The one-year-old Pax broadcast network, hoping to garner late-summer attention before the onslaught of big-network programming in September, trots out four new series this month.

The shows include two dramas, a showcase and competition for new talent and a program centered on collectibles. WPXW, Channel 66, in Fairfax Station, Va., is among Pax stations.

"Destination Stardom" revives one of syndicated television's more successful shows, "Star Search." Al Masini, who created that glossy talent show in the early 1980s, is at the helm of this one-hour program, airing Mondays at 8 p.m.

Masini, who also created syndicated mainstays such as "Solid Gold," "Entertainment Tonight" and "Lifestyles of the Rich and Famous," retired in 1994 to Hawaii, where he and his wife designed, built and decorated a mountain-top home with a view of Diamondhead.

When he heard Pax was interested in a talent show, Masini recalled, he agreed to do it -- as long as it was located in Hawaii, once home base for network hits such as "Hawaii Five-O" and "Magnum, P.I."

"Destination Stardom" resembles "Star Search," with the added Pax-friendly idea of having one of the talent categories be a family act.

"It's an old concept," said the energetic, 70-year-old Masini, listing Major Bowes, Ted Mack and Arthur Godfrey among the broadcasters who made the idea work. "You change generations, and you have to make the shows contemporary for the time in which you're doing them. People like competition -- the Olympics, the Super Bowl. This is a talent Olympics."

Masini's "Star Search" ran a dozen years, and he lists Rosie O'Donnell, LeAnn Rimes, Sharon Stone, Jenny Jones, Drew Carey, Dennis Miller, Alanis Morissette and Sinbad among its contestants.

Lisa Canning, a correspondent on "Entertainment Tonight" the past three years, hosts "Destination Stardom."

This rendition of the talent-show concept adds a competitive note: A contestant who has won can take the winnings and quit, or choose to put that winning performance to a vote of the judges after seeing the next competitor.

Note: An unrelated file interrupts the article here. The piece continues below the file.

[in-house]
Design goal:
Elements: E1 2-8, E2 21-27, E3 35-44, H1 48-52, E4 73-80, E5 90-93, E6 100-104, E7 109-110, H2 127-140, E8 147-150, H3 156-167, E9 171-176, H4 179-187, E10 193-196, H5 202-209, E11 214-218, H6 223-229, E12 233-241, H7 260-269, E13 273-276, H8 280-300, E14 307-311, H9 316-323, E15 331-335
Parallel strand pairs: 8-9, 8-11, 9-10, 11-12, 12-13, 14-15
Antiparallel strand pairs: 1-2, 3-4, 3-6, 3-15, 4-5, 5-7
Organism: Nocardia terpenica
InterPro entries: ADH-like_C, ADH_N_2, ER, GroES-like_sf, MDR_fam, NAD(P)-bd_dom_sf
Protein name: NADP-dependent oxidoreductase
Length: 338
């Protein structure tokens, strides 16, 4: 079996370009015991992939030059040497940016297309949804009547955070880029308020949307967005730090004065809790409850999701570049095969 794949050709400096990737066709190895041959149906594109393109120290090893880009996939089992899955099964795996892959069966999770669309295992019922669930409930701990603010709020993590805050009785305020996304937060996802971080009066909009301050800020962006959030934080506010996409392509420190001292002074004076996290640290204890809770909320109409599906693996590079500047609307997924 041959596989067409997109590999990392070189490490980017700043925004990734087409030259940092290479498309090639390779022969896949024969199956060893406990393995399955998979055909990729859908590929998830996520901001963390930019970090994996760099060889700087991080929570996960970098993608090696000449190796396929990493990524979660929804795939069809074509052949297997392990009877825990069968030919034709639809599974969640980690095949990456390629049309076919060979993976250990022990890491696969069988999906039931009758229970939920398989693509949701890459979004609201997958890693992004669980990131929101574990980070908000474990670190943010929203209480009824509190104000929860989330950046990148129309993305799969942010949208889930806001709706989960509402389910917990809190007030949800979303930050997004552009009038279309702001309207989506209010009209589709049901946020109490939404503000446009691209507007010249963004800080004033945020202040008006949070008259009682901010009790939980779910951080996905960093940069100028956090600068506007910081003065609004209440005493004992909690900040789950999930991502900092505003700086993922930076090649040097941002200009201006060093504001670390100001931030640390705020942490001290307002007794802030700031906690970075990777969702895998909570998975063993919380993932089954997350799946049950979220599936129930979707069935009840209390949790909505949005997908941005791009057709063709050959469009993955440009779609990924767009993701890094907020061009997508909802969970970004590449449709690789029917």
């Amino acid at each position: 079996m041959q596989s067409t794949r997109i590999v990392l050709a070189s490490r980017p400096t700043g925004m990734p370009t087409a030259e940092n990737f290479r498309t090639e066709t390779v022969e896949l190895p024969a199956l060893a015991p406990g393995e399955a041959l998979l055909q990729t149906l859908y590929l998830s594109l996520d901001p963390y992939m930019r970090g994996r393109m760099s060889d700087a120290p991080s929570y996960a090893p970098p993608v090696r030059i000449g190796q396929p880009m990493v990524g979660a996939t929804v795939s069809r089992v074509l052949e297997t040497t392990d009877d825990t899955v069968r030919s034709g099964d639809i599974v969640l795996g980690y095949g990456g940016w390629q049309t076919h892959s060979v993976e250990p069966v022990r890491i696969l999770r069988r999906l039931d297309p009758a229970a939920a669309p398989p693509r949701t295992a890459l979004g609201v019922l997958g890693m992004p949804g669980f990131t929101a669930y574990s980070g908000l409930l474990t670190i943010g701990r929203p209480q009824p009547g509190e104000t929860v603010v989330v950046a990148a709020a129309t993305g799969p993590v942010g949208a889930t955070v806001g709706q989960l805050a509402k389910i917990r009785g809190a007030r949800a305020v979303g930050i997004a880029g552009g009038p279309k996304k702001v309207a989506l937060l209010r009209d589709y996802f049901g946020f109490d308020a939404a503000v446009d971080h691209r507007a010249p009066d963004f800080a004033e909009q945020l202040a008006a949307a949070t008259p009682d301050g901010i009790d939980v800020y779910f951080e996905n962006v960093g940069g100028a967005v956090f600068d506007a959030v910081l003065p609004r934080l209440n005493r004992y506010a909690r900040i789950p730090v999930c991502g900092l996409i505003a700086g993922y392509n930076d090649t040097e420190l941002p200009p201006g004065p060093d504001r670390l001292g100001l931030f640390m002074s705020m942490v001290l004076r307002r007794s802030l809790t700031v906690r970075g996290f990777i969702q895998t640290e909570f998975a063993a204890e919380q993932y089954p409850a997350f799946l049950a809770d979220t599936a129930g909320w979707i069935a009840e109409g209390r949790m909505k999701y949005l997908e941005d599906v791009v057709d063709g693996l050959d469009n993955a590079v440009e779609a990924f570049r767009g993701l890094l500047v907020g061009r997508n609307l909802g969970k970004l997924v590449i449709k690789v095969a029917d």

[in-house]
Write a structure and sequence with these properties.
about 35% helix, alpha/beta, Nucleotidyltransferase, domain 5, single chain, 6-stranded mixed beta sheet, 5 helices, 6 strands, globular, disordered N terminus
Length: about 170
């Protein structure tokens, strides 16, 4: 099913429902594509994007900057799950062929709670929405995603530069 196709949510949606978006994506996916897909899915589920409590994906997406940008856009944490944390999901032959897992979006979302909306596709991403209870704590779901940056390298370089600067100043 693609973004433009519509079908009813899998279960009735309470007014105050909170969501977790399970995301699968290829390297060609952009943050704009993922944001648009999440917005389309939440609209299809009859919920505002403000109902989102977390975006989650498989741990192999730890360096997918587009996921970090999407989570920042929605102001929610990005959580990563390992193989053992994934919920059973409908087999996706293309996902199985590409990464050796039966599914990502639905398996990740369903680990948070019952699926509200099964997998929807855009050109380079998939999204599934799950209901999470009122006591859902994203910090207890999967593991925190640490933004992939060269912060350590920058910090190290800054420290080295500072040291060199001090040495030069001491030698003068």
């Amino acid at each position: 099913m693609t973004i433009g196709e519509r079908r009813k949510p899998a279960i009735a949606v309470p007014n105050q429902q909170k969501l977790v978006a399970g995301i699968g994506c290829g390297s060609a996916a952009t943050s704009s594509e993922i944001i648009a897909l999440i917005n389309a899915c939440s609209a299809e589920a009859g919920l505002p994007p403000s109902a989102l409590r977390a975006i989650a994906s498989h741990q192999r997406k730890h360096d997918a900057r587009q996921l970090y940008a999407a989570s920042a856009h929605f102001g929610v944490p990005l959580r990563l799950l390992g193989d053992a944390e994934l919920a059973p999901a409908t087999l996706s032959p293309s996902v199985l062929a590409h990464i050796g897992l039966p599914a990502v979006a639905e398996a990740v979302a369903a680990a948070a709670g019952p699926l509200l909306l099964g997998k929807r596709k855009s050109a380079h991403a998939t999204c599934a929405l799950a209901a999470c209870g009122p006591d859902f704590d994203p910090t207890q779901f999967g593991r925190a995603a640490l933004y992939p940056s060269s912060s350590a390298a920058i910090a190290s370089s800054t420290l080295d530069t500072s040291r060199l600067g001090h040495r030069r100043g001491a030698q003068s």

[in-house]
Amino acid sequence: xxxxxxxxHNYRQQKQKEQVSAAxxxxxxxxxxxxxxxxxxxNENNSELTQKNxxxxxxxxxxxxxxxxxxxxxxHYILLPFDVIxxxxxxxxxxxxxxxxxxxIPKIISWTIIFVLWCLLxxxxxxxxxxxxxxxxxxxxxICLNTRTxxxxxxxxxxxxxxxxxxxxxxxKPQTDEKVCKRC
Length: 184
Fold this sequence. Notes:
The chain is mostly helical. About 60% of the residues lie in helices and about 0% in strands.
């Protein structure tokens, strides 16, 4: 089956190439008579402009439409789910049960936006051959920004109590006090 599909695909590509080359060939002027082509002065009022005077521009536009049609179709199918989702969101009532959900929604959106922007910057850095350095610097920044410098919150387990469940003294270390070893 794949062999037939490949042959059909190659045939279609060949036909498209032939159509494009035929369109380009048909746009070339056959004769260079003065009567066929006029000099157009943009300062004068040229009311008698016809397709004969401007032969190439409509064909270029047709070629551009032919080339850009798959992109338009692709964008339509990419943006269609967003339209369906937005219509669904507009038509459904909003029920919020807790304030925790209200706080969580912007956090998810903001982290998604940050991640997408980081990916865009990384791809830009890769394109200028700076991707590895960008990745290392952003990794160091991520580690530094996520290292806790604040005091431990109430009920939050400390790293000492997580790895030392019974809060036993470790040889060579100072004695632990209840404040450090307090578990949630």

"You have to decide whether to take the money and run or risk losing it," said Masini.

"Treasures in Your Home: The World of Collecting," which debuted Aug. 9, puts an interactive spin on an old concept.

"Treasures in Your Home," hosted by John Burke, airs weeknights at 7 and features live Internet auctions, in addition to appraisers who examine vintage objects and collectibles.

Executive producer Larry Ferber, who has had experience in live television working on the Joan Rivers and Regis Philbin programs, believes this approach takes PBS's "Antiques Roadshow" another block or two down the information highway.

"If you have an item that's appraised, and you appreciate the appraisal, you can put it on the Web site for auction," Ferber said.

"Treasures" features segments on various aspects of collecting or objects of interest. There are also game-show elements, with trivia questions and a segment in which contestants are asked to choose the most valuable object from a group of items.

"Chicken Soup for the Soul," a series of stories based on the books of Jack Canfield and Marc Victor Hansen, airs Tuesdays at 8. A special aired last year.

And Wednesdays at 8, Pax offers "Twice in a Lifetime," a time-travel drama series based on the premise that characters get to go back and change one decision they've always regretted. Barney Rosenzweig, who produced "Cagney and Lacey," is in charge of the production.

Another new Pax program, "Hope Island," will debut Sept. 12. The series is set in a small town that seems to draw people seeking new beginnings. Foremost among the cast regulars: Cameron Daddo as a minister. The hour-long drama will air Sundays at 9 p.m.